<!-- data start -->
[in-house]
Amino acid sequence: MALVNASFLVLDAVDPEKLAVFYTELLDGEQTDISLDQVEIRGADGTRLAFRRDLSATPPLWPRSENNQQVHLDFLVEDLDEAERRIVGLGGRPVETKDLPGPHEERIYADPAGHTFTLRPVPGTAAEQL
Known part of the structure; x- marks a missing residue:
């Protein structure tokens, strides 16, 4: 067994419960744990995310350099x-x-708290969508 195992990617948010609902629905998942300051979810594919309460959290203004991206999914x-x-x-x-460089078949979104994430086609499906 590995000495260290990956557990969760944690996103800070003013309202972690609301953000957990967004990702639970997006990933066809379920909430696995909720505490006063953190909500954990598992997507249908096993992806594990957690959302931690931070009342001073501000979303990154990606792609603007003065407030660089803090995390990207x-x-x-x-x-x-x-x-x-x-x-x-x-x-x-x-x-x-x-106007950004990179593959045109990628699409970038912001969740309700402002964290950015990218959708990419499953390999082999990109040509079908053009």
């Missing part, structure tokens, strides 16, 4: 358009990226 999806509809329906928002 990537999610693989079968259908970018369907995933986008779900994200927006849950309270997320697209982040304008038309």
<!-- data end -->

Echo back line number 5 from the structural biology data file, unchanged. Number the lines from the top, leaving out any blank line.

């Missing part, structure tokens, strides 16, 4: 358009990226 999806509809329906928002 990537999610693989079968259908970018369907995933986008779900994200927006849950309270997320697209982040304008038309």